In reply to MAOI Diet: ginseng and fresh soy beans, posted by zana on April 9, 2007, at 9:21:44

You've probably had lots of references to lists of allowed/disallowed foods. I noticed that this page had further lnks that explained in more detail which soybean foods are all right.

http://www.pccnaturalmarkets.com/health/Diet/Tyramine_Free_Diet.htm

Ginseng isn't okay, from what I remember.

Honore

 

Re: MAOI Diet: ginseng and fresh soy beans

Posted by zana on April 9, 2007, at 13:51:59

In reply to Re: MAOI Diet: ginseng and fresh soy beans, posted by Honore on April 9, 2007, at 10:32:17

Thank you Honore. Great reference. I have also heard that ginseng is not OK. I happen to have a viamin that has ginseng in it but what I'm really after are the other ingreadients. I rather not give it up, if I don't have to, because it's a great brand, Pioneer, and because I am a health care professional, psychologist, they sell to me wholesale.
Sounds like you have had a lot of experience with these drugs. Have to tried the selegiline (Emsam) patch yet. The 9mg/24hr patch gives me terrible insomnia. I'm seeing my pdoc this week and trying not to wear her out with questions, especially those she can't answer!

 

Re: MAOI Diet: ginseng and fresh soy beans

Posted by jkshrews on April 9, 2007, at 16:32:43

In reply to Re: MAOI Diet: ginseng and fresh soy beans, posted by zana on April 9, 2007, at 11:27:51

Selegiline metabolizes to D-amphetamine and methamphetamine, which are good antidepressants in and of themselves. Because they require MAO to be eliminated, and the selegiline has it suppressed, they will build up to a higher level than they would have otherwise. Some appetite suppression and insomnia may occur, but you may get over it in time. I take Rozerem at 9 PM nightly to help with the sleep cycle, and I have Sonata on hand to take occassionally if I awaken after only three or four hours of sleep.

jkshrews

> Thank you Honore. Great reference. I have also heard that ginseng is not OK. I happen to have a viamin that has ginseng in it but what I'm really after are the other ingreadients. I rather not give it up, if I don't have to, because it's a great brand, Pioneer, and because I am a health care professional, psychologist, they sell to me wholesale.
> Sounds like you have had a lot of experience with these drugs. Have to tried the selegiline (Emsam) patch yet. The 9mg/24hr patch gives me terrible insomnia. I'm seeing my pdoc this week and trying not to wear her out with questions, especially those she can't answer!

 

Re: MAOI Diet: ginseng and fresh soy beans

Posted by Honore on April 9, 2007, at 16:54:03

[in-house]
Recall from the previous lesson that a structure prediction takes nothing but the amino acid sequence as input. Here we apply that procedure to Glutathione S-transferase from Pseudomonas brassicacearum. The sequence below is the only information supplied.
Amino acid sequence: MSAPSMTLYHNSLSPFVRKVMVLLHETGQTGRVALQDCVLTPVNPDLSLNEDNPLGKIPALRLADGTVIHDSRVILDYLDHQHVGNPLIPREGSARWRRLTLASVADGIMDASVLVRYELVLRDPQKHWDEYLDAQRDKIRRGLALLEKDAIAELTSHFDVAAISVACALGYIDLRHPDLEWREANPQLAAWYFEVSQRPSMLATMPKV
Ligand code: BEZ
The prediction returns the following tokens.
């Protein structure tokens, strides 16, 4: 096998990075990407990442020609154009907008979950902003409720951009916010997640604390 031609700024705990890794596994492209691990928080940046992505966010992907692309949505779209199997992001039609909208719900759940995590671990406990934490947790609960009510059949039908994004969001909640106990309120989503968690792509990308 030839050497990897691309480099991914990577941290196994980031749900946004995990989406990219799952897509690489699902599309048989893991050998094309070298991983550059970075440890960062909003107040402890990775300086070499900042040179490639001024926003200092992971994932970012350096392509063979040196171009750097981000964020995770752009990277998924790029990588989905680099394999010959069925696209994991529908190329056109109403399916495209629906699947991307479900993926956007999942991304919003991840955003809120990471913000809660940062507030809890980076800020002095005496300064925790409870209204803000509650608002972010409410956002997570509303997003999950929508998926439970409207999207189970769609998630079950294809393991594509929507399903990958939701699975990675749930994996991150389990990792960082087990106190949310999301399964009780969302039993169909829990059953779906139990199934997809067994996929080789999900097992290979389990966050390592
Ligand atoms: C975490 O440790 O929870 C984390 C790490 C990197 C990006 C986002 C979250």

In reply to Re: MAOI Diet: ginseng and fresh soy beans, posted by jkshrews on April 9, 2007, at 16:32:43

A small amount of seroquel is also useful, if rozerem and/or ambien aren't enough.

Sonata is particularly good if you wake up with a few hours left to sleep, since it has a very short half-life.

I recommend Emsam, but of course, there are many individual factors that affect which drug is best. jkshrews is probably right, that the sleep issues subside'; I'm not sure they go away completely, but the extra energy from Emsam makes them more manageable.

Parnate also has some amphetamine-like breakdown products, so it should give you energy. Didn't work that way for me-- but does for many people.

Honore

 

Re: MAOI diet. Fresh soy beans?

Posted by zana on April 9, 2007, at 18:06:44

In reply to Re: MAOI diet. Fresh soy beans?, posted by gardenergirl on April 9, 2007, at 13:31:43

Then you for the information. Tofu is actually wonderful just sliced up with oil and vinegar. I'll see if I can find the information on marination.
namaste
Zana

 

Re: MAOI Diet: ginseng and fresh soy beans

Posted by zana on April 9, 2007, at 18:09:10

In reply to Re: MAOI Diet: ginseng and fresh soy beans, posted by Honore on April 9, 2007, at 10:32:17

Honore,
jkshrews gave me this link too. It is a good link. I don't think all that much research has been done on soy and MAOIs but this one is pretty complete.
Thank you.
Zana

 

Re: MAOI Diet: ginseng and fresh soy beans

Posted by zana on April 9, 2007, at 18:14:22

In reply to Re: MAOI Diet: ginseng and fresh soy beans, posted by jkshrews on April 9, 2007, at 16:32:43

I take seroquel at night (25mg) and have had to double the dose some nights. It would be great if this was an early side effect that passed! I could live with the wide dreams but not the no sleep.
Thanx again,
Zana

 

Re: MAOI Diet: ginseng and fresh soy beans

Posted by zana on April 9, 2007, at 18:17:30

In reply to Re: MAOI Diet: ginseng and fresh soy beans, posted by Honore on April 9, 2007, at 16:54:03

Having been on every other antidepressant in the world, including Provigil, the energy really is amazing and what a relief!
I'm so used to the seroquel that the double dose doesn't bother me much. I also take klonpin but I hate to increase it because it is sooo hard to get off.
Zana

 

Re: MAOI Diet: ginseng and fresh soy beans

Posted by zana on April 9, 2007, at 18:25:14

In reply to Re: MAOI Diet: ginseng and fresh soy beans, posted by jkshrews on April 9, 2007, at 16:32:43

ps.
Thanx for the tip on Rozerem. It sounds like a good drug, maybe a better choice than the seroquel. I am taking soo many things and my pdoc is a real stickler for one change at a time but I'd like to give this one a try. I am not wide about the new atypical antipsychotics. Maybe it's just that I'd rather not be in that class of meds. I'm also taking abilify and would like to discontnue that. Am going to have to wait until I've finished getting used to the Emsam I think.
Thanx again.
Zana.
Where did you get the infor on the metabolites? No wonder it's stimulating!

 

Sleep Issues--EMSAM, Abilify, Seroquel, Rozerem

Posted by jkshrews on April 10, 2007, at 7:28:22